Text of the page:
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Mass shooting kills four in US state of Georgia, suspect at large

This screen grab from a video shows US law enforcement vehicles at the scene of a mass shooting in Hampton, Georgia, on July 15, 2023.

Police in the United States' southeastern state of Georgia are searching for a suspect who is still at large after gunning down four people.

The 40-year-old suspect, identified as Andre Longmore, fatally shot the victims in a suburban neighborhood in Hampton, in  Henry County, about 46 kilometers (29 miles) south of the Georgia's capital city of Atlanta, on Saturday morning.

Hampton Police Chief James Turner identified the victims as all adults, three men and one woman, while describing the suspect as "armed and dangerous."

Meanwhile, Henry County Sheriff Reginald Scandrett said an arrest warrant has been issued for Longmore on murder charges.

"I'm gonna say this directly to you, Mr. Longmore: Wherever you are, we will hunt you down in any hole that you may be residing in and bring you to custody, period," Scandrett said.

"Anyone that has any information, let us know because we will be actively looking for this individual until he's caught," the law enforcement official added, announcing a $10,000 reward for any information leading to Longmore's capture.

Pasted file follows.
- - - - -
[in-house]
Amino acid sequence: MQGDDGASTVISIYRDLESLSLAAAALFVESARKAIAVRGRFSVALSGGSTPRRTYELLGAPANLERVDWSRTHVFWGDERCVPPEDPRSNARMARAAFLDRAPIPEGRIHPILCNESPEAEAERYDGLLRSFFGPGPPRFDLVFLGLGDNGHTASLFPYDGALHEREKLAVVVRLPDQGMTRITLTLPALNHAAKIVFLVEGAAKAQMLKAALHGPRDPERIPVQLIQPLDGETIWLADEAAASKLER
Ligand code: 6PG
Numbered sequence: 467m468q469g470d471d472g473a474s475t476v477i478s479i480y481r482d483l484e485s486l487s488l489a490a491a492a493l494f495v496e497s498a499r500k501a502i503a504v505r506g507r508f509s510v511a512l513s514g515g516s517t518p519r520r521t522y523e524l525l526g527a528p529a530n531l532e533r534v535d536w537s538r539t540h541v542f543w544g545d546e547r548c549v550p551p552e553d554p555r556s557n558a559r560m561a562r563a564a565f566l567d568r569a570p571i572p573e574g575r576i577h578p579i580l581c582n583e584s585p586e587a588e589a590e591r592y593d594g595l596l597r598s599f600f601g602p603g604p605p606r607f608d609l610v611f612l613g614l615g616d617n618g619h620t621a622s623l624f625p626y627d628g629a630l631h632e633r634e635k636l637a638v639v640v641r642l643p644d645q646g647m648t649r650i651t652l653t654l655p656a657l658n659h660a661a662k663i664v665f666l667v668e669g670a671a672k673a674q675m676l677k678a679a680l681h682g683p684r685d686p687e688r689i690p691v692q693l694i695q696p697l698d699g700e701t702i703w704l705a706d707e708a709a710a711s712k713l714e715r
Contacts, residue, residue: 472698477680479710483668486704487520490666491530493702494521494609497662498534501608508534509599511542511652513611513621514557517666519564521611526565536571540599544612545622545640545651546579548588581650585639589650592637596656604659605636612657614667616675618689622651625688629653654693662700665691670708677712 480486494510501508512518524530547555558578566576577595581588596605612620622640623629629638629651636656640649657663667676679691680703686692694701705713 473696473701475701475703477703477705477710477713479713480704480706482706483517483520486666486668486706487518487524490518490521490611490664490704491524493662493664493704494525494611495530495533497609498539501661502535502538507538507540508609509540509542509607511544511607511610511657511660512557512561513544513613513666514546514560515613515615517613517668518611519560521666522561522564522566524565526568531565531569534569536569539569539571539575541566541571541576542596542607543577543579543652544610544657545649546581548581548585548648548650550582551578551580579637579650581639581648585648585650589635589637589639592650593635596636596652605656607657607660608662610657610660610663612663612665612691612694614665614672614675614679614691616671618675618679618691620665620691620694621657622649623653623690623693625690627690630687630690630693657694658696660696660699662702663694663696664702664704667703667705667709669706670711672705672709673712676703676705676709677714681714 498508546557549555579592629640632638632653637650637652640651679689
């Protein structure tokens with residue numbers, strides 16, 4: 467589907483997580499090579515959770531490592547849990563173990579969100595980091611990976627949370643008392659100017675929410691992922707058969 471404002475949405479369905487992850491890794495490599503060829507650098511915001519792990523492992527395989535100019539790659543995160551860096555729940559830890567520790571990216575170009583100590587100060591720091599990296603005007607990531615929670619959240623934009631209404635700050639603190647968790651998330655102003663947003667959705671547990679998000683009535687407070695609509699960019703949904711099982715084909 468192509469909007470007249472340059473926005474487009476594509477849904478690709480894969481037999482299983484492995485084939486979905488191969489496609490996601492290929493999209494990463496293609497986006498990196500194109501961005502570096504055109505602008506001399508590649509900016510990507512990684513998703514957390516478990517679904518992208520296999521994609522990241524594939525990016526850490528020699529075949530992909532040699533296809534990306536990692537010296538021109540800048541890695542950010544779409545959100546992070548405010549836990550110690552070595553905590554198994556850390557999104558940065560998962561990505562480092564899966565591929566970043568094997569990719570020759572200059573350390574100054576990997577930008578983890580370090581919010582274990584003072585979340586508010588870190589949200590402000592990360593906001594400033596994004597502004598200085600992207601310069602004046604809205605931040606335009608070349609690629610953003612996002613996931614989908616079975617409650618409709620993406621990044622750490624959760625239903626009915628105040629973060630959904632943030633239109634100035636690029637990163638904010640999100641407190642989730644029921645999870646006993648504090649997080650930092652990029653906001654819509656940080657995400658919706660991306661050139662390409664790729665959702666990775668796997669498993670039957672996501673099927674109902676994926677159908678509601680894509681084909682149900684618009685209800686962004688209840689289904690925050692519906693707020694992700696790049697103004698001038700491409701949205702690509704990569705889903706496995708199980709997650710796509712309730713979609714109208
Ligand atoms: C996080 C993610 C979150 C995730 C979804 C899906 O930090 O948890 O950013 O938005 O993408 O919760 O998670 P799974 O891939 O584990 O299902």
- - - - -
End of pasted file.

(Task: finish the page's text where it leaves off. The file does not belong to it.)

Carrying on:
No earlier than on Friday, it was reported that the unrelenting gun violence and slaughter of innocent people across the US had set a new, gloomy record for the deadliest six months of mass killings in the country since at least 2006.

In the first six months of this year, the United States endured a whopping 28 mass killings -- all but one of which involved guns -- leaving 140 people dead and hundreds injured in a constant cycle of violence, The Associated Press reported, citing a database maintained by the agency and the USA Today national newspaper in partnership with Northeastern University.

The 2023 milestone, the report noted, “beat the previous record of 27 mass killings, which was only set in the second half of 2022.”

It cited Northeaster University’s Criminology Professor James Fox as saying that he “never imagined records like this when he began overseeing the database about five years ago.”

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